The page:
Why do architects think they can design a super yacht?

Successful and sought after super yacht designers, the likes of Tim Heywood, draw on their own understanding of ships, the sea and what is possible to build when they draw the lines of a conceptual vessel.  That understanding comes after years of working with shipyards, yacht owners and having sailed occasionally in yachts they have designed.  In short they know what works and what does not!
There is a very good reason why these highly successful yacht designers do not become involved in the architectural concepts of, say, skyscrapers.  The reason is that they do not fully understand the complex problems involved in making such a design, a reality.
Sure they can draw a skyscraper and give it perhaps a twist or a top floor balcony that overhangs the foot print on the ground but they have no idea about whether or not it will stand up to the winds a gale force 8 might inflict on the structure.  So very sensibly they stick to what they know and are good at.  So why, we ask, do the likes of the architect: Lord Foster, the Haute Couture fashion designer: Elie Saab and now the Pritzker prize-winning architect: Zaha Hadid think they can draw a super yacht?
Hadid has collaborated with the Hamburg-based shipbuilders Blohm + Voss to design a new super yacht.  The concept was launched recently at the David Gill Gallery in London where an exhibition of Zaha Hadid’s glass dining room tables is on display.
Launched as Unique Circle Yachts, the concept is based around the sculptural form of a master prototype conceived for a 128 metre yacht and creates a family of five individual 90 metre yachts that explore the design philosophies of the master prototype. 
The overall design is described as having been informed by fluid dynamics and underwater ecosystems, with hydrodynamic research informing the design of the hull. The exoskeleton structure of the upper section is an interwoven network of supports that vary in thickness and lend a natural aesthetic to the yacht’s external appearance; evoking the organic structural systems found in natural marine formations. This exoskeleton connects the various levels and decks of the ship seamlessly via expressive diagonals.  The press release states that the designs fall within the technical requirements of a fully-engineered yacht design.
In recent years Blohm + Voss has built many of the world’s most prestigious super yachts.  These include A the controversial design from Philippe Starck, Eclipse by Terence Disdale, along with Mayan Queen IV from Tim Heywood and Palladium by Michael Leach.  The 90 m Jazz is the first of the five concepts that have been technically specified and detailed by the naval architects at Blohm + Voss.
Speaking about the new concept at the unveiling Dr. Herbert Aly, CEO and Managing Partner of Blohm + Voss told those assembled: “The idea of the Unique Circle Yachts allows for variation of a genotype and its phenotypes, offering a range of possible solutions based on an cognate platform.”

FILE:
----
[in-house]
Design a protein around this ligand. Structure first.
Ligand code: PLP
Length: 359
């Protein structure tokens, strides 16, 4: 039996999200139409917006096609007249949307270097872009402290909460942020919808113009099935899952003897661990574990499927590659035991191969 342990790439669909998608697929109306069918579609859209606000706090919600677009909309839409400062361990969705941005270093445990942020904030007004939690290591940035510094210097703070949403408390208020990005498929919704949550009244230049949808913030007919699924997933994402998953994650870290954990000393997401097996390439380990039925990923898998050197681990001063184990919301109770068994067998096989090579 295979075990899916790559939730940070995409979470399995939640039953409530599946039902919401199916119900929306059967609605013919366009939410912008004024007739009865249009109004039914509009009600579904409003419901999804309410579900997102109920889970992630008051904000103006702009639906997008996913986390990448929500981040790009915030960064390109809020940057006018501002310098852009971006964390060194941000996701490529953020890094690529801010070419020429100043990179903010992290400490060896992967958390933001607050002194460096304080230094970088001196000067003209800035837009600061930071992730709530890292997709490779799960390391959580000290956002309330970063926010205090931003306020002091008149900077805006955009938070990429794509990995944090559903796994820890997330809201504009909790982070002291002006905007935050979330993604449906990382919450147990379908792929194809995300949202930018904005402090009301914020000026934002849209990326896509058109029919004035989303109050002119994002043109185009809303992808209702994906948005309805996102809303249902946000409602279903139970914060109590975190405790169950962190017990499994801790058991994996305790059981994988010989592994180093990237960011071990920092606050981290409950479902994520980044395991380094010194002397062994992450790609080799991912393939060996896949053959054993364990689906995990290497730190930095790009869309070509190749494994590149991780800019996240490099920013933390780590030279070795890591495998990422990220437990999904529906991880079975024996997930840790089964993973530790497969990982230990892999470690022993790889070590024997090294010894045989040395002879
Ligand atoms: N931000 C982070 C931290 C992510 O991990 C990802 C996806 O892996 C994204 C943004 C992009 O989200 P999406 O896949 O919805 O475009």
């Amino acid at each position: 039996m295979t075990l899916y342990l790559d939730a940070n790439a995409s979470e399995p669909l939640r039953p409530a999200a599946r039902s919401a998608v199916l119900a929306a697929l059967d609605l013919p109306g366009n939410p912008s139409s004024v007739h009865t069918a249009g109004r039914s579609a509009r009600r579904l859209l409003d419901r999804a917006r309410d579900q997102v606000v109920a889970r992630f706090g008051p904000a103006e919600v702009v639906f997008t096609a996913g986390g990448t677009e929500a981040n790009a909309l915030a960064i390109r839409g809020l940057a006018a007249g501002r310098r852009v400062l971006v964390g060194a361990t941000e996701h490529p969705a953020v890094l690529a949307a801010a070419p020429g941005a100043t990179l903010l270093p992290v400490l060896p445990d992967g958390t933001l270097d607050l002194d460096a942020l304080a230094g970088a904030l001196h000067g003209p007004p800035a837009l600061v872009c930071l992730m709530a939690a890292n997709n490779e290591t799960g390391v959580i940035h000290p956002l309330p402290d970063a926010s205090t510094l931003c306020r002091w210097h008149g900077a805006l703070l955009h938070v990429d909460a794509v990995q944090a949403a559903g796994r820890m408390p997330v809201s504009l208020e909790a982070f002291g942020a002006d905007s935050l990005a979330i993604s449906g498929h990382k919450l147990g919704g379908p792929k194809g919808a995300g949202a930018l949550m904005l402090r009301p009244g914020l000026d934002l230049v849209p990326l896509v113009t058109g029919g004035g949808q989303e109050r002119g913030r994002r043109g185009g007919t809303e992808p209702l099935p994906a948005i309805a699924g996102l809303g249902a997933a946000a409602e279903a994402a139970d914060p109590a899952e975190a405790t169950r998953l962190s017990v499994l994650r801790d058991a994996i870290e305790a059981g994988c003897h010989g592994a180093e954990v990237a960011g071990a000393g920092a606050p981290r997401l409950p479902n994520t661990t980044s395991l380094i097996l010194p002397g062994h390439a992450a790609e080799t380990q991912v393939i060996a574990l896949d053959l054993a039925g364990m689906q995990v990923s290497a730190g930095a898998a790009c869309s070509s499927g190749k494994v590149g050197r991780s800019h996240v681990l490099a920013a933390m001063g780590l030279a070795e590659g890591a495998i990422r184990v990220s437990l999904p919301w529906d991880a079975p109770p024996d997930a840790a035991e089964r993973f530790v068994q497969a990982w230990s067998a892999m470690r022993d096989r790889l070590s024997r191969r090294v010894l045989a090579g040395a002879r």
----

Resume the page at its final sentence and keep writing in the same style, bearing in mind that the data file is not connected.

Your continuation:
Zaha Hadid explained “As a dynamic object that moves in dynamic environments, the design of a yacht must incorporate additional parameters beyond those for architecture – which all become much more extreme on water.”
Talking to us after the event, Tim Heywood told us, “We enjoyed the evening and wish all those involved great success with the project, I am always enthusiastic for anything that pushes our industry forward and introduces more people to yachting on the grand scale!”


  1. Having seen further pictures on the web recently, I’m forced to agree. Let’s hope that concept remains a concept and one that is soon forgotten too! If built, can you imagine trying to keep it clean?? Bonafide yacht designers sometimes come up with challenging ideas too but at least you can reason and work with them as they understand that a yacht’s primary function is to be a ship, albeit a beautiful one.


    Zaha Hadid, please stick to multi story car parks, BMW show rooms and other “interesting” buildings in future eh? There’s a dear!

    1. Fortunately nobody is actually suggesting that the “mothership” concept would ever work as a functioning vessel.
      There is as you say nowhere to hang fenders, no exhaust outlet, no tender doors, no navigation lights of communication domes, impossible to clean! Etc etc. ‎Probably wouldn’t even float!!

      But the B+V naval architects tell me they have worked very closely with Zaha Hadid to ensure that the “children” would “work”‎, could be built and meet all of the classification and safety standards and practical requirements of crew and guests.

      We shall see!

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